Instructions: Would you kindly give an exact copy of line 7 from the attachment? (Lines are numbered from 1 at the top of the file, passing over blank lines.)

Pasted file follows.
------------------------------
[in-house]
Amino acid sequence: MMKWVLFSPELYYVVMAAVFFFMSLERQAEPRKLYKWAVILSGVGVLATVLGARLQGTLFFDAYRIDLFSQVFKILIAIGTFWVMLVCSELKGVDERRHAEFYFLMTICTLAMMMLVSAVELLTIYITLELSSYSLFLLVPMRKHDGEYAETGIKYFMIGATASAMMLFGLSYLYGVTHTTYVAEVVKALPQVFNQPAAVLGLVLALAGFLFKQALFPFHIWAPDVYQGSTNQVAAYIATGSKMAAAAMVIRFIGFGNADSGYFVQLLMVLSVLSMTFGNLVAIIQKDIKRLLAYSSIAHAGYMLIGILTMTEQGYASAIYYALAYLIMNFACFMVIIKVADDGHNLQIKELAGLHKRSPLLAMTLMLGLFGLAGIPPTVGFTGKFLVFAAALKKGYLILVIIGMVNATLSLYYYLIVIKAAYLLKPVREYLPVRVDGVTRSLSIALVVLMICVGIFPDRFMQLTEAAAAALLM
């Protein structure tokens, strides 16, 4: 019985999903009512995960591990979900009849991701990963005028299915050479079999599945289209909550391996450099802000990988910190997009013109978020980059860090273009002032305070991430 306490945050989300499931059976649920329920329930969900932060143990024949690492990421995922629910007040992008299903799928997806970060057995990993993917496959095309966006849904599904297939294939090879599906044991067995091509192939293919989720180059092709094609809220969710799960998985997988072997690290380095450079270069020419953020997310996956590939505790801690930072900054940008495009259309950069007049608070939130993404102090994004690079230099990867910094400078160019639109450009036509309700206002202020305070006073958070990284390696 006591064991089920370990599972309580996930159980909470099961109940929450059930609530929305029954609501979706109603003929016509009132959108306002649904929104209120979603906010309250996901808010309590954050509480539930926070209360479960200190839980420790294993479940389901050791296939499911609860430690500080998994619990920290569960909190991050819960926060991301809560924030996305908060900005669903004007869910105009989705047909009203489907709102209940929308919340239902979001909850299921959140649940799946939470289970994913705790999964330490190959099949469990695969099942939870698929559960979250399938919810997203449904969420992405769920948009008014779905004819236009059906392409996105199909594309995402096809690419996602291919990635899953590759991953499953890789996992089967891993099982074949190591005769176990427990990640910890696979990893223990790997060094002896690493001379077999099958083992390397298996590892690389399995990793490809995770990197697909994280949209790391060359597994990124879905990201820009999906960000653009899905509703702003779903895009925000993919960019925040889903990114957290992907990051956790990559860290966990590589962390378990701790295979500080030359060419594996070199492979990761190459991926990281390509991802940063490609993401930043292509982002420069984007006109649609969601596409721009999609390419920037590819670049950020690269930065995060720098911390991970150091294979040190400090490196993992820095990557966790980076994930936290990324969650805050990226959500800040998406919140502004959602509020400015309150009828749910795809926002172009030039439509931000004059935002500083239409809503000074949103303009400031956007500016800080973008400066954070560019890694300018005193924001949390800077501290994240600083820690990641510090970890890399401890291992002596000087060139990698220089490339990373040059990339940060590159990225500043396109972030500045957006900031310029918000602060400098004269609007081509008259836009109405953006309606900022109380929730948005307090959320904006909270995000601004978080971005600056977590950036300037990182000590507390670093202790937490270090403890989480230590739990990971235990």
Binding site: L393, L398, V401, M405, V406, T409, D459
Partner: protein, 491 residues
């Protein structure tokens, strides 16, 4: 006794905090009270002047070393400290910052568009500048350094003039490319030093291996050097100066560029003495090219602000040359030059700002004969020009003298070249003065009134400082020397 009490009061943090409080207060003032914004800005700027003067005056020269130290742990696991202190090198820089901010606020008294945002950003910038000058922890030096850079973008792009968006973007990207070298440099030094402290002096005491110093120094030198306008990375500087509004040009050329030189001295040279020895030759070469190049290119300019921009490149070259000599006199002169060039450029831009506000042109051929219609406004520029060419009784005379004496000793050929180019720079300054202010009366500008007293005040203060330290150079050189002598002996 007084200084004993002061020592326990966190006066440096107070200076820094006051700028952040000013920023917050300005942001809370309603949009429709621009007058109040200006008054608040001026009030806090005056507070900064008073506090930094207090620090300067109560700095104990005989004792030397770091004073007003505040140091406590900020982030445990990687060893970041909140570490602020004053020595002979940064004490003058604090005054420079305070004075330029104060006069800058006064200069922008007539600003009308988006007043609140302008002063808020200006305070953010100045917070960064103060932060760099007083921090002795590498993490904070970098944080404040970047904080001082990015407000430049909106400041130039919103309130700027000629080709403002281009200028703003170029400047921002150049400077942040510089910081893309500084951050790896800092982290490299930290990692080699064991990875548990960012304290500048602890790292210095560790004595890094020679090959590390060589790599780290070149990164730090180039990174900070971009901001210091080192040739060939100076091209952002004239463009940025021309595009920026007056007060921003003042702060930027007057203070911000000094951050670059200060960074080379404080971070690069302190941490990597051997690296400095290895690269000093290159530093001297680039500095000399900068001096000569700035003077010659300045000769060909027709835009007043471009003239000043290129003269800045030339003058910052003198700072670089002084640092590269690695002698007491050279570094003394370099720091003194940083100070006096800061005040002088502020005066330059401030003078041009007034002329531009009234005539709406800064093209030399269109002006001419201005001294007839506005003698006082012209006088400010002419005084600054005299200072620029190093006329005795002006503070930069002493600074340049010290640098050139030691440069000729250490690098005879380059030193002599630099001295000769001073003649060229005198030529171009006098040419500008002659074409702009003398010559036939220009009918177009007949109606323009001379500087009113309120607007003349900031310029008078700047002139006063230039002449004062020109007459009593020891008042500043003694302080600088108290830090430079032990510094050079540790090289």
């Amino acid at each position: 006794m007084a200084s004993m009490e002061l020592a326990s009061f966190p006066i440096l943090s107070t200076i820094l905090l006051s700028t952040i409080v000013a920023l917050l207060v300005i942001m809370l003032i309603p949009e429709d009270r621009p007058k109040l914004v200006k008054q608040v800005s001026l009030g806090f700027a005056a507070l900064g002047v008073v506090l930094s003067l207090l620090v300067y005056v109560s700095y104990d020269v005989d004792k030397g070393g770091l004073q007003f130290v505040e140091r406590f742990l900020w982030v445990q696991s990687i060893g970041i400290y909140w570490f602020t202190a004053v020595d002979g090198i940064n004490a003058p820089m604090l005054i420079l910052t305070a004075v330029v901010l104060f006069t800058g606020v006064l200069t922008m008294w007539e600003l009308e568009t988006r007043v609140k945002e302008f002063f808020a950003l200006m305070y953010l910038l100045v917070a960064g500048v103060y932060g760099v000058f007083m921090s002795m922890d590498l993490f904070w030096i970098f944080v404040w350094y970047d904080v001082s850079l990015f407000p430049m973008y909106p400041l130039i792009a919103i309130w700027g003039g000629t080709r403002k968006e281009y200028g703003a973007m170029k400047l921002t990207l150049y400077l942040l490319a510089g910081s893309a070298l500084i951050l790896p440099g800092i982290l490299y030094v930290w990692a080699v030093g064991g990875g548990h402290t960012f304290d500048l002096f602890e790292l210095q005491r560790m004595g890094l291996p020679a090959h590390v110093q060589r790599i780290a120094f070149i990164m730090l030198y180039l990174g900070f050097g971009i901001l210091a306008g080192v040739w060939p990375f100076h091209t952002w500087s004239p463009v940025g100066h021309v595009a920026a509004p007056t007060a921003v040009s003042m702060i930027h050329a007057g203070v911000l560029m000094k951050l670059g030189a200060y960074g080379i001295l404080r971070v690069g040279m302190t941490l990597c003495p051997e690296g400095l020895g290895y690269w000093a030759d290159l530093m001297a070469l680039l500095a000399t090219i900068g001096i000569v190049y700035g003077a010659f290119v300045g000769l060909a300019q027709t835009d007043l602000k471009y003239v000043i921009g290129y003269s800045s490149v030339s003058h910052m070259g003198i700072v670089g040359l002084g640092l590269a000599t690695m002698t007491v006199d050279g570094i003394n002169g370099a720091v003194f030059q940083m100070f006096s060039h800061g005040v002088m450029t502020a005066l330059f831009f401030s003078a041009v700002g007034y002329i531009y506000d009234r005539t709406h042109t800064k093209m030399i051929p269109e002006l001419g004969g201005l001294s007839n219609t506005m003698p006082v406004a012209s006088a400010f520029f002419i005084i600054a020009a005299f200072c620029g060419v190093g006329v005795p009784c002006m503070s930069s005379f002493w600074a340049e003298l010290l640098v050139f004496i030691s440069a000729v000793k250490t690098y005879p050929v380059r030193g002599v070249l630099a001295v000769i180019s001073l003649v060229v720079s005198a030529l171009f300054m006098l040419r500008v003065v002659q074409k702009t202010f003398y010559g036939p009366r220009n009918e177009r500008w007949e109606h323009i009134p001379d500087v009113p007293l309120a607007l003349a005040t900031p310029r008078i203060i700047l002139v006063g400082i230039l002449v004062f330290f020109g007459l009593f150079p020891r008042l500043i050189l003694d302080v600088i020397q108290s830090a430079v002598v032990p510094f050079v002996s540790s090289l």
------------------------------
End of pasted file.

């Amino acid at each position: 006794m007084a200084s004993m009490e002061l020592a326990s009061f966190p006066i440096l943090s107070t200076i820094l905090l006051s700028t952040i409080v000013a920023l917050l207060v300005i942001m809370l003032i309603p949009e429709d009270r621009p007058k109040l914004v200006k008054q608040v800005s001026l009030g806090f700027a005056a507070l900064g002047v008073v506090l930094s003067l207090l620090v300067y005056v109560s700095y104990d020269v005989d004792k030397g070393g770091l004073q007003f130290v505040e140091r406590f742990l900020w982030v445990q696991s990687i060893g970041i400290y909140w570490f602020t202190a004053v020595d002979g090198i940064n004490a003058p820089m604090l005054i420079l910052t305070a004075v330029v901010l104060f006069t800058g606020v006064l200069t922008m008294w007539e600003l009308e568009t988006r007043v609140k945002e302008f002063f808020a950003l200006m305070y953010l910038l100045v917070a960064g500048v103060y932060g760099v000058f007083m921090s002795m922890d590498l993490f904070w030096i970098f944080v404040w350094y970047d904080v001082s850079l990015f407000p430049m973008y909106p400041l130039i792009a919103i309130w700027g003039g000629t080709r403002k968006e281009y200028g703003a973007m170029k400047l921002t990207l150049y400077l942040l490319a510089g910081s893309a070298l500084i951050l790896p440099g800092i982290l490299y030094v930290w990692a080699v030093g064991g990875g548990h402290t960012f304290d500048l002096f602890e790292l210095q005491r560790m004595g890094l291996p020679a090959h590390v110093q060589r790599i780290a120094f070149i990164m730090l030198y180039l990174g900070f050097g971009i901001l210091a306008g080192v040739w060939p990375f100076h091209t952002w500087s004239p463009v940025g100066h021309v595009a920026a509004p007056t007060a921003v040009s003042m702060i930027h050329a007057g203070v911000l560029m000094k951050l670059g030189a200060y960074g080379i001295l404080r971070v690069g040279m302190t941490l990597c003495p051997e690296g400095l020895g290895y690269w000093a030759d290159l530093m001297a070469l680039l500095a000399t090219i900068g001096i000569v190049y700035g003077a010659f290119v300045g000769l060909a300019q027709t835009d007043l602000k471009y003239v000043i921009g290129y003269s800045s490149v030339s003058h910052m070259g003198i700072v670089g040359l002084g640092l590269a000599t690695m002698t007491v006199d050279g570094i003394n002169g370099a720091v003194f030059q940083m100070f006096s060039h800061g005040v002088m450029t502020a005066l330059f831009f401030s003078a041009v700002g007034y002329i531009y506000d009234r005539t709406h042109t800064k093209m030399i051929p269109e002006l001419g004969g201005l001294s007839n219609t506005m003698p006082v406004a012209s006088a400010f520029f002419i005084i600054a020009a005299f200072c620029g060419v190093g006329v005795p009784c002006m503070s930069s005379f002493w600074a340049e003298l010290l640098v050139f004496i030691s440069a000729v000793k250490t690098y005879p050929v380059r030193g002599v070249l630099a001295v000769i180019s001073l003649v060229v720079s005198a030529l171009f300054m006098l040419r500008v003065v002659q074409k702009t202010f003398y010559g036939p009366r220009n009918e177009r500008w007949e109606h323009i009134p001379d500087v009113p007293l309120a607007l003349a005040t900031p310029r008078i203060i700047l002139v006063g400082i230039l002449v004062f330290f020109g007459l009593f150079p020891r008042l500043i050189l003694d302080v600088i020397q108290s830090a430079v002598v032990p510094f050079v002996s540790s090289l």